Mitch Epstein’s Recreation, American Photographs 1973-1988 captures a time when we were more naïve if not more innocent. This theme is encapsulated in Plate 41: “Miami Beach II” in which we see two bikini-clad pubescent girls making a phone call while two adult men leer at their flesh. It’s an era when our “leisure expectations” were not so great and theme parks on the scale of Walt Disney World, for example, were only just being created – it opened in 1971 – leaving us largely to make our own entertainment.
Epstein’s reflection on the America he photographed is one of loss, a lament for a less cynical epoch than the one in which we live today. He has said of Recreation, “To me, the whole project represents the loss of something. It shows a time when we were more optimistic. There was a sense of freedom and the camera was less intrusive.”
Perforce it was also a time of greater individuality with less ovine tendencies to have and to own the latest gizmo. But for all the individuality captured by Epstein there’s a sense of incongruity evident too. For example, Plate 9: “Funeral Home Opening”. An unattended young girl, approximately five years old, is standing in front of an open – though empty – coffin. Is this her parents’ idea of recreation circa 1974 or is symptomatic of a time when children were less cosseted, treated as adults at a younger age?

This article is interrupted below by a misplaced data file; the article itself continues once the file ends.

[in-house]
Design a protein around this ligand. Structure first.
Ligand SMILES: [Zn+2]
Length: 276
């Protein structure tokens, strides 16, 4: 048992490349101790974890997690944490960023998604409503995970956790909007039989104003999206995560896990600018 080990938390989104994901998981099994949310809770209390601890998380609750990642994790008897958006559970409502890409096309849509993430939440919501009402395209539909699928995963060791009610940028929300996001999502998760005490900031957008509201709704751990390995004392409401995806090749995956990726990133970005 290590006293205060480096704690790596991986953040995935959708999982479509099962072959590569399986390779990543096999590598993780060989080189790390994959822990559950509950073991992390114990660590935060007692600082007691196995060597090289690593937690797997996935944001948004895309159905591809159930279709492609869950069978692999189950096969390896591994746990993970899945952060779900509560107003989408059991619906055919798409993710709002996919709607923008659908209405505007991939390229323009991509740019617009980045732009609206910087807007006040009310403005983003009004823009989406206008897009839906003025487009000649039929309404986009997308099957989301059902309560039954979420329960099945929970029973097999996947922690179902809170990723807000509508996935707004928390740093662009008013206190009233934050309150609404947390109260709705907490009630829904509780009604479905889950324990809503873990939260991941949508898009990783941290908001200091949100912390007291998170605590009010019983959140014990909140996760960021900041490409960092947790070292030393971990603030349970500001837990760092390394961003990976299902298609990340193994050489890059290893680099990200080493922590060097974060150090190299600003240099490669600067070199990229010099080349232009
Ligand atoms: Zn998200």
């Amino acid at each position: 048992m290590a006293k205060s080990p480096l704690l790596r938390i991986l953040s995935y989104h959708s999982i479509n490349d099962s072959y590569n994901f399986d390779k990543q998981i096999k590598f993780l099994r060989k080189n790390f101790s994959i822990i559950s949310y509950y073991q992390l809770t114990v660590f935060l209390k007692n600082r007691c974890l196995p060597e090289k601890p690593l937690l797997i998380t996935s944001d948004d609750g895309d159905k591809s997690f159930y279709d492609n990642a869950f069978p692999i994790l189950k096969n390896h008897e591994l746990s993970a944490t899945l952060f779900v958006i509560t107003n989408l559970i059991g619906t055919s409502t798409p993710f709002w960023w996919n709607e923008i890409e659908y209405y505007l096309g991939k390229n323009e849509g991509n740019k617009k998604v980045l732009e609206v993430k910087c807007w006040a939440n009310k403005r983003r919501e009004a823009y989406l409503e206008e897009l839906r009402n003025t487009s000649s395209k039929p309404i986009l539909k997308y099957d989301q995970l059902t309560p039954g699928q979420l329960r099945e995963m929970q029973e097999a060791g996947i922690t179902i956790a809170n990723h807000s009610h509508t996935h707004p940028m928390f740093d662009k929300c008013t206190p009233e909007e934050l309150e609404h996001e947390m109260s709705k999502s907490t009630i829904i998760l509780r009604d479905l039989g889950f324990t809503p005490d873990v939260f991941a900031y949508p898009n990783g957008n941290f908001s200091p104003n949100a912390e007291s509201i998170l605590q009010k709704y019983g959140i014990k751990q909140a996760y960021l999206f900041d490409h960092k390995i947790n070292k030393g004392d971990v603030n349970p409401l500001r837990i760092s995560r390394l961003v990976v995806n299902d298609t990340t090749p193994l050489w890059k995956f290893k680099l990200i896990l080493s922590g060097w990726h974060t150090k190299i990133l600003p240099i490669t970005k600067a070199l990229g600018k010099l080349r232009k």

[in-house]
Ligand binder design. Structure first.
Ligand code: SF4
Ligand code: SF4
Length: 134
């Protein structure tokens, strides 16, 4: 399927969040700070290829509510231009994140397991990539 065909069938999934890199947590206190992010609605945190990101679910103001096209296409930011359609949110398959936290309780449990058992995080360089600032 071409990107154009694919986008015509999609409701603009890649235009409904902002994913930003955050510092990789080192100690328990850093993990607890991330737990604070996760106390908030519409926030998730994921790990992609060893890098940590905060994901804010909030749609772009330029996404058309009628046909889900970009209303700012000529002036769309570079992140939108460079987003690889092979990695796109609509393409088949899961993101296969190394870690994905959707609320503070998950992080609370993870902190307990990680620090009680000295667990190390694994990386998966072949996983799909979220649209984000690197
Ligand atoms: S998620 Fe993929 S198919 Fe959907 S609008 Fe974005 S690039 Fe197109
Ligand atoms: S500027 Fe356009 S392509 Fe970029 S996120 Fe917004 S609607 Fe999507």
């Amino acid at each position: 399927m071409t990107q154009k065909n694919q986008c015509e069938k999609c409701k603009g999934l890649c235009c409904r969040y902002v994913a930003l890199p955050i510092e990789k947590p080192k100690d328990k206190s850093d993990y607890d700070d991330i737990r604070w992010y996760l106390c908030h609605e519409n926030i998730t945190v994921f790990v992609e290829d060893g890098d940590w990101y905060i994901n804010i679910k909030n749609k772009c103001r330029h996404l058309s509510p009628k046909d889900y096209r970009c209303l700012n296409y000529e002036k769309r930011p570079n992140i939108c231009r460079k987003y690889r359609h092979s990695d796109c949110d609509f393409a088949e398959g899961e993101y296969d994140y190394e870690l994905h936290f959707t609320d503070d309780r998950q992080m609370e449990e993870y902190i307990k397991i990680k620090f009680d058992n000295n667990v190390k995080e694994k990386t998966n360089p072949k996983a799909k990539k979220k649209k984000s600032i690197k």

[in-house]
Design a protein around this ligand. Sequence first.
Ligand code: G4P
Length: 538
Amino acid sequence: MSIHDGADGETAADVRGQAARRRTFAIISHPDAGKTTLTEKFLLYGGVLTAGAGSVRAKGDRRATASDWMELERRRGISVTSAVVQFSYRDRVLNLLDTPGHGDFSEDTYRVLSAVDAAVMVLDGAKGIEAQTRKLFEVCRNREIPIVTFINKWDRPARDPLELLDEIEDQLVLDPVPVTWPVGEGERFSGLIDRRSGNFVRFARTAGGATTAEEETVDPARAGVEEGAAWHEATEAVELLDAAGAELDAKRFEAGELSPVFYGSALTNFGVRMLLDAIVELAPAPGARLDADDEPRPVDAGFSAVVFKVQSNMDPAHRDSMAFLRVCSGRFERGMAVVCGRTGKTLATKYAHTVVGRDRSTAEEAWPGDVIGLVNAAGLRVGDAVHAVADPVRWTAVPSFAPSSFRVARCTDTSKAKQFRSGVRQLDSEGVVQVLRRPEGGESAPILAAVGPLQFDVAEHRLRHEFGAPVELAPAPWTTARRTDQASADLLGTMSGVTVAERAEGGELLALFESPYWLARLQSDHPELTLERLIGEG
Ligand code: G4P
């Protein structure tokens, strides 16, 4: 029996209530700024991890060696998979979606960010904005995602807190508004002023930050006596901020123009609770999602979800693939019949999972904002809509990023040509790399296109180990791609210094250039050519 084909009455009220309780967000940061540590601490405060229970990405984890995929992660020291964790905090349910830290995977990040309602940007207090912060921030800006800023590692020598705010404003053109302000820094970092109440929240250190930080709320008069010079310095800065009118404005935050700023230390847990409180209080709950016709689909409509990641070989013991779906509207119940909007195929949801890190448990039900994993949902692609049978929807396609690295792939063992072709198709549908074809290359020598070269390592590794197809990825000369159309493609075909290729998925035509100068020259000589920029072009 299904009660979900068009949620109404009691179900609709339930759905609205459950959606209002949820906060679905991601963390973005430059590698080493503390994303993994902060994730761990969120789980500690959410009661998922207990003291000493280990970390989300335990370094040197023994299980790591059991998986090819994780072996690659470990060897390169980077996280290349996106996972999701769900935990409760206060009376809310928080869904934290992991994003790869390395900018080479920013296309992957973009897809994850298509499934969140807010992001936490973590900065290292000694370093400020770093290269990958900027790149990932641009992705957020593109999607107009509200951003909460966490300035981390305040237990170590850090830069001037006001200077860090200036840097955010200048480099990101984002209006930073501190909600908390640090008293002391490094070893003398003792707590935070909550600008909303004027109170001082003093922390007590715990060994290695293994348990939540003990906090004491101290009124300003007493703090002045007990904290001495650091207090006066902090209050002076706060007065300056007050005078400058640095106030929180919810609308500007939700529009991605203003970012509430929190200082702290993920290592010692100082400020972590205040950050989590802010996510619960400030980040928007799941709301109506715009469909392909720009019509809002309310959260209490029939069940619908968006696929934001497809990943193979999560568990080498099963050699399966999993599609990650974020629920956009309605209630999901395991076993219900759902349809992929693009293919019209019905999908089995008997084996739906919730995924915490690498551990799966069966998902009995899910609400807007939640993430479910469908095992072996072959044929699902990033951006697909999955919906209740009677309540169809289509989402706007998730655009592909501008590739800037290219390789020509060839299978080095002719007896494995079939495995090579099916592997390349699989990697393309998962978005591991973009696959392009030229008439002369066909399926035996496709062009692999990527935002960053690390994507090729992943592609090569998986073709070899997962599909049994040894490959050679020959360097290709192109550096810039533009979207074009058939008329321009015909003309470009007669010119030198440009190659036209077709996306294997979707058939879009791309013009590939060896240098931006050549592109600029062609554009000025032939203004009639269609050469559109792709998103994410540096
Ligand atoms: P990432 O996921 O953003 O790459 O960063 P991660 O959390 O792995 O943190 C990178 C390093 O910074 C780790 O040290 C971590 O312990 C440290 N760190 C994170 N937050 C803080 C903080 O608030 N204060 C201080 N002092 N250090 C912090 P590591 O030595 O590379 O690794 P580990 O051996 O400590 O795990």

Its strangeness aside, the image reveals Epstein’s eye for composition and his ability at once both to appreciate and capture the bigger picture. The young girl is wearing pink tights and a dress of the same hue as the satin brocade lining the inside of the open coffin, alluding to life’s all too short journey from birth to death. The overall effect renders one not only intrigued and perplexed, but also inspired by Epstein’s aptitude and profound insight.
The image’s thoughtfulness is one of 66 similarly well-conceived and executed photographs reproduced here, each one a sumptuous tableau measuring 43 x 28cm. Presented as a single image on every right hand page (the left-hand page is blank except for a discreetly placed composition title) the reproduction quality is notable, doing justice to what is a significant body of work that says as much about how we like our leisure time today as it does about how we took our recreation in the ’70s and ’80s. In Epstein’s own words: “It is about the pursuit of pleasure before pleasure was commodified. Now everything is so packaged.”